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    Yes, I've also been struggling to find an Anglican parish myself. While TEC is the most established in the U.S., in addition to the ACNA there are also other Anglican bodies out there including the Reformed Episcopal Church, Anglican Catholic Church, etc.. It may help to broaden your search.

    I've tried going to Catholic masses recently and have found myself to really connect with them. I feel that they are lacking in the beauty I've come to experience with Anglican worship. I did attend a Latin Mass and found it unapproachable. Also, as a non-Catholic I can't receive communion so while I don't mind going a few weeks without communion, but it's ultimately unfulfilling.

    But, there are a number of us in a similar spots trying to land in a good and faithful Anglican home.
     
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  14. Ide

    Ide Active Member

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    I'm sensing a pattern here
    [​IMG]
     
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  15. Aidan

    Aidan Well-Known Member

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    Ide, what do you mean by you find Latin Mass "unapproachable "?
     
  16. Cameron

    Cameron Active Member

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    If you're ever in the area stop into St Mark's. Proper Anglo-Catholic. If you can find and Institute of Christ the King Sovereign Priest, they are known all around for their liturgical beauty and attention to detail. Same for the Canons of St John Cantius, who offer the vernacular and Latin Mass. Beautiful choirs and music, prose, and text.

    Also - any Mass offered according to Divine Worship - the Missal, is basically Common Prayer.
     
  17. anglican74

    anglican74 Well-Known Member Anglican

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    I basically agree, the Roman version of Catholicism has basically eviscerated a reverent liturgy during the last sixty years, and it is very very hard and very very rare (almost impossible) to find a vernacular Roman Mass that is Godly and reverent, which is quite different from the situation with the Anglican divine services
     
  18. Ide

    Ide Active Member

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    Thanks for the link to St. Mark's- that is actually in my region. It looks like a beautiful and Godly parish. Maybe I will have a chance to stop by one day. I feel a deep connection with the BCP and Anglican approach to worship. Though I prefer a High Church style, I've come to enjoy the low church approach as well. But we don't have anything like St. Mark's in my area, unfortunately.

    I should clarify as I had a typo in my sentence: "I've tried going to Catholic masses recently and have yet to find myself to really connect with them. I feel that they are lacking in the beauty I've come to experience with Anglican worship. "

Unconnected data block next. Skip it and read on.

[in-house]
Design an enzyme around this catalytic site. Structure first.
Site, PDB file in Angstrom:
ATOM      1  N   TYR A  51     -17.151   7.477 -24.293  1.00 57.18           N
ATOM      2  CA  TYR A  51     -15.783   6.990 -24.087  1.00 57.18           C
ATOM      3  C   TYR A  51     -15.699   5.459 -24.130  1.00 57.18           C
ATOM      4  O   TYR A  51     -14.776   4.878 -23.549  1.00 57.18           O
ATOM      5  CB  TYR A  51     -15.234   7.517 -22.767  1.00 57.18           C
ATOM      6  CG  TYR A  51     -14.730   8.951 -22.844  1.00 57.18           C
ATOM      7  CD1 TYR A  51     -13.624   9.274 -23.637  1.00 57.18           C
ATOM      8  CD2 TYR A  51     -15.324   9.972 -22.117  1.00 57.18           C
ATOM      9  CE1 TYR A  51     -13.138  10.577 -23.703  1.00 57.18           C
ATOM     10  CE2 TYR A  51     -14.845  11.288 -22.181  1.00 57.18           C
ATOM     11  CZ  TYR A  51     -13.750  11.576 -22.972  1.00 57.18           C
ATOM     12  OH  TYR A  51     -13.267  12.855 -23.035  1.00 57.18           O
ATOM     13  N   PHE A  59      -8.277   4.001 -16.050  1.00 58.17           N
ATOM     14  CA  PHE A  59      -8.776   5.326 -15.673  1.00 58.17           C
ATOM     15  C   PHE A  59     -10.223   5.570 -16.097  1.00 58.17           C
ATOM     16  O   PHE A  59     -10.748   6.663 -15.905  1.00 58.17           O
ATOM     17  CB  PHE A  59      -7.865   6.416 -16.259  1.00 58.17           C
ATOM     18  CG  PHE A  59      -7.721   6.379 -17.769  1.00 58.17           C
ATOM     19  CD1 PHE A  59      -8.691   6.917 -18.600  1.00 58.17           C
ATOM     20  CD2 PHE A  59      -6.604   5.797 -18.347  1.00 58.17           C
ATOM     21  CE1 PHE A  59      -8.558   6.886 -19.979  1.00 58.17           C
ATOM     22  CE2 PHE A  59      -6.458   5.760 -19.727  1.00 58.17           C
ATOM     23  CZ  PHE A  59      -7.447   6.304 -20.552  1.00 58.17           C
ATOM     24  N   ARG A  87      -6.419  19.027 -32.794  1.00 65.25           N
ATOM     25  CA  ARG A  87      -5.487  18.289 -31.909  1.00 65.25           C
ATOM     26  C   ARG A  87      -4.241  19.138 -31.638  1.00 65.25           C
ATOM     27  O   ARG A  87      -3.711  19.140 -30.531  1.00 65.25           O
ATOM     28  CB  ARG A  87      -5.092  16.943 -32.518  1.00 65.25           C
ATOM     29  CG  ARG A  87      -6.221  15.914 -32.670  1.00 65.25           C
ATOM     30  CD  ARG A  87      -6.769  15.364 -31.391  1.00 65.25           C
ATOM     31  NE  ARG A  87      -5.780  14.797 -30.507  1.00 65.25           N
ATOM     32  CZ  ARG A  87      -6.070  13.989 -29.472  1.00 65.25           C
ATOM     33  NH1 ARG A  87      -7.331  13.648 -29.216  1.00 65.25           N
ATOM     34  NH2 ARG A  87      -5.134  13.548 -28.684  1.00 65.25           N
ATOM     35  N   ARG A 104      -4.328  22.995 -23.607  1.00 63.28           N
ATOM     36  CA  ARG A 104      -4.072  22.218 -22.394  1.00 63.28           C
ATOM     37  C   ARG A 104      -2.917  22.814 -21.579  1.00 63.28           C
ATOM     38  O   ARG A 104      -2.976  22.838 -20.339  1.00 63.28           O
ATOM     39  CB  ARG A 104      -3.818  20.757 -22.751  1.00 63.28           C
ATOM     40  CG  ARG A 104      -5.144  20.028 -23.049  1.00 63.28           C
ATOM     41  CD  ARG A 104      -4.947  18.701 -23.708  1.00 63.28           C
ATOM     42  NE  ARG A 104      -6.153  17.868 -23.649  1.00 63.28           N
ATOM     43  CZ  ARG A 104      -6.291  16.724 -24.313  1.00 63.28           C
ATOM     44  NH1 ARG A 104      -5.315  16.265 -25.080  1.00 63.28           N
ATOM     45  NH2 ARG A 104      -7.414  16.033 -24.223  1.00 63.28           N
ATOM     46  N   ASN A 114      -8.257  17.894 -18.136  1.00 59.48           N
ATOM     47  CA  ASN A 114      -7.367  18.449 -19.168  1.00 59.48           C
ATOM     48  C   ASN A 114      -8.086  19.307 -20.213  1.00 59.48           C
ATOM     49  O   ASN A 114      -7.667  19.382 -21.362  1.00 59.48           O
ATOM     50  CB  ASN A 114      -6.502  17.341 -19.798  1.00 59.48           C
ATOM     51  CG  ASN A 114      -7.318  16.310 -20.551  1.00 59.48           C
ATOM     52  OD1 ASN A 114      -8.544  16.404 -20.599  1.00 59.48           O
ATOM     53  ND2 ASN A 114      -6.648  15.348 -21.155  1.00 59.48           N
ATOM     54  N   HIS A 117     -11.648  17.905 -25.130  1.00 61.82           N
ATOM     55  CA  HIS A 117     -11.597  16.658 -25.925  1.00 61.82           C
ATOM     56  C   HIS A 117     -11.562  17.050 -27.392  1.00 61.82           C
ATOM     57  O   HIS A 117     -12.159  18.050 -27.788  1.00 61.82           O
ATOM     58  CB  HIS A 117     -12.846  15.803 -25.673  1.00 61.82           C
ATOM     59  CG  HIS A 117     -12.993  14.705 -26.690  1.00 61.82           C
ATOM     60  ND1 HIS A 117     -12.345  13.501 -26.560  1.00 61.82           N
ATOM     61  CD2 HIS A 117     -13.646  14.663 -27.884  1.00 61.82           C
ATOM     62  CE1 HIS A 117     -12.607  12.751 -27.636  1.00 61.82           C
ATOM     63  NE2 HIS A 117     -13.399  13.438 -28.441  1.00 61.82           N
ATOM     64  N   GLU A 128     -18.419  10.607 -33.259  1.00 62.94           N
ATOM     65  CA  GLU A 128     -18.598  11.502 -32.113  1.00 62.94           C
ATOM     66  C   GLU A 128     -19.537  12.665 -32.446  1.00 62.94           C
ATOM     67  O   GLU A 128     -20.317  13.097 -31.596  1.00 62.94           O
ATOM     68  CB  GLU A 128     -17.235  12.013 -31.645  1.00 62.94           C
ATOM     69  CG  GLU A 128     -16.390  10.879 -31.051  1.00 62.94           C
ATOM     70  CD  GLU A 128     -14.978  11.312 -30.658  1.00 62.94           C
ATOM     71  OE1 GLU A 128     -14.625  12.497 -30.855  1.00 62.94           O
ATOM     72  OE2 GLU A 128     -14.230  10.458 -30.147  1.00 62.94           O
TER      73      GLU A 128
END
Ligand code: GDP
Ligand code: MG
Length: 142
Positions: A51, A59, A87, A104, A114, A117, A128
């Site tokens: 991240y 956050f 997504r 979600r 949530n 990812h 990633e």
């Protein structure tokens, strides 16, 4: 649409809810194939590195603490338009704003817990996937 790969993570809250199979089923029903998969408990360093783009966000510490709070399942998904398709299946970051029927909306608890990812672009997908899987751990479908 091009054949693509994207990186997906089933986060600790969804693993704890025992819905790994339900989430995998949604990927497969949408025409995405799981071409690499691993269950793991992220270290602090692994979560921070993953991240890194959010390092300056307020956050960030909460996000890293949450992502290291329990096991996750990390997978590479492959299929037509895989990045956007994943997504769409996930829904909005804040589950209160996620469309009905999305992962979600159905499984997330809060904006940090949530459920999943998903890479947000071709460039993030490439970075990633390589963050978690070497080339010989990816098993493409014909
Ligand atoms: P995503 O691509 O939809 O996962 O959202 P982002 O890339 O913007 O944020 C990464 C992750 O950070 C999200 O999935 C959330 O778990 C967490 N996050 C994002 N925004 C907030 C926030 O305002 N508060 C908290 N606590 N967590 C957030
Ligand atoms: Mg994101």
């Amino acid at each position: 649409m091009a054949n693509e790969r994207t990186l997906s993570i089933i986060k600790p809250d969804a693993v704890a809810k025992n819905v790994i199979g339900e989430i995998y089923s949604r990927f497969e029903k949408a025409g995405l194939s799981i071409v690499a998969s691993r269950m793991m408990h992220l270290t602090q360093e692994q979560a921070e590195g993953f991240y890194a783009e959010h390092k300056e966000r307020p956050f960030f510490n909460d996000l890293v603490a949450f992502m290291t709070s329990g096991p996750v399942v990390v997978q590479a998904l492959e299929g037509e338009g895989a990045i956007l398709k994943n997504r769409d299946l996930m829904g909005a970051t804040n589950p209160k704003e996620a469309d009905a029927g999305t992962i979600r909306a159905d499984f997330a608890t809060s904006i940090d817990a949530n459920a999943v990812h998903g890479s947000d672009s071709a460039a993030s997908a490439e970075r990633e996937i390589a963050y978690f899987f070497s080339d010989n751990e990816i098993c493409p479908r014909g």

By that, I mean I've not really found myself drawn to the worship in a RC church under the current style. I've attended RC masses over the years with relatives in different states and haven't found I've changed my opinion much. However, I've been attending a Eucharistic adoration at a RC church and that has been a great experience during Advent.
     
  19. Ide

    Ide Active Member

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    By that I mean while I enjoyed the reverence, quiet, and solemnity of the service, I felt like a spectator at an event. I did not have an issue with the priest facing away and the language being in Latin (I've participated in religious ceremonies in non-English languages before), but I literally did nothing but sit and watch. The congregation only said a few lines throughout the entire service and moved from kneeling, to standing to sitting. That was about it. It was a liturgy, however, it was not the work of the people, but of the priest alone. That was made it feel unapproachable. I am all for solemn, traditional services but that approach was not very edifying.
     
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  20. anglican74

    anglican74 Well-Known Member Anglican

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    I think what Ide and I are trying to say is, it should not be up to us to judge anyone's heart or intentions... we can only see the objective outward reality, which is very difficult to accept for a faithful orthodox Christian

    For example, Nestorius was considered a heretic in ancient times as you may know. But did you know that on the moral aspect he was considered one of the holiest men of his day, not much less than even St. Anthony himself?

    So suppose he walked up to you and said, look, I know you guys think my ideas look wrong, but I have been a humble monk my whole life (he was), and my character has been esteemed by all the great Church Fathers (his was!), and I only want the holiest suggestion here, that comes from the deepest, best-intentioned part of my heart...